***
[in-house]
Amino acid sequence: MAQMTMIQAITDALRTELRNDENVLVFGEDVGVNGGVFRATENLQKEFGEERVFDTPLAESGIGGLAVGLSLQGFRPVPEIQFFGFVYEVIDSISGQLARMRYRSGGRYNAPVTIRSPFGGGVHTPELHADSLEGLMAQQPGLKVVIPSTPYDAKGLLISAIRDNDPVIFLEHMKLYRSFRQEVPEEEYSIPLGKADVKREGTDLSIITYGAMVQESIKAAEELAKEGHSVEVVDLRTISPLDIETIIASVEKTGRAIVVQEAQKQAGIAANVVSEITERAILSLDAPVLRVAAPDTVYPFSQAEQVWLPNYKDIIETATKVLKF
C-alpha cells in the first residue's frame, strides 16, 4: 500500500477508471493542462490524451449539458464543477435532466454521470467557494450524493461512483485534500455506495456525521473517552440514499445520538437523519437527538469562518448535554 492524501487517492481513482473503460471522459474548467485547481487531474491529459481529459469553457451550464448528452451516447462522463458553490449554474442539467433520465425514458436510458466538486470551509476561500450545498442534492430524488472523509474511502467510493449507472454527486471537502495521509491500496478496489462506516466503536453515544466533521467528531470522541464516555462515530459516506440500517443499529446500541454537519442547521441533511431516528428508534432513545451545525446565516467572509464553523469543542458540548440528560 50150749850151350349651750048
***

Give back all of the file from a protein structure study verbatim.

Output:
[in-house]
Amino acid sequence: MAQMTMIQAITDALRTELRNDENVLVFGEDVGVNGGVFRATENLQKEFGEERVFDTPLAESGIGGLAVGLSLQGFRPVPEIQFFGFVYEVIDSISGQLARMRYRSGGRYNAPVTIRSPFGGGVHTPELHADSLEGLMAQQPGLKVVIPSTPYDAKGLLISAIRDNDPVIFLEHMKLYRSFRQEVPEEEYSIPLGKADVKREGTDLSIITYGAMVQESIKAAEELAKEGHSVEVVDLRTISPLDIETIIASVEKTGRAIVVQEAQKQAGIAANVVSEITERAILSLDAPVLRVAAPDTVYPFSQAEQVWLPNYKDIIETATKVLKF
C-alpha cells in the first residue's frame, strides 16, 4: 500500500477508471493542462490524451449539458464543477435532466454521470467557494450524493461512483485534500455506495456525521473517552440514499445520538437523519437527538469562518448535554 492524501487517492481513482473503460471522459474548467485547481487531474491529459481529459469553457451550464448528452451516447462522463458553490449554474442539467433520465425514458436510458466538486470551509476561500450545498442534492430524488472523509474511502467510493449507472454527486471537502495521509491500496478496489462506516466503536453515544466533521467528531470522541464516555462515530459516506440500517443499529446500541454537519442547521441533511431516528428508534432513545451545525446565516467572509464553523469543542458540548440528560 50150749850151350349651750048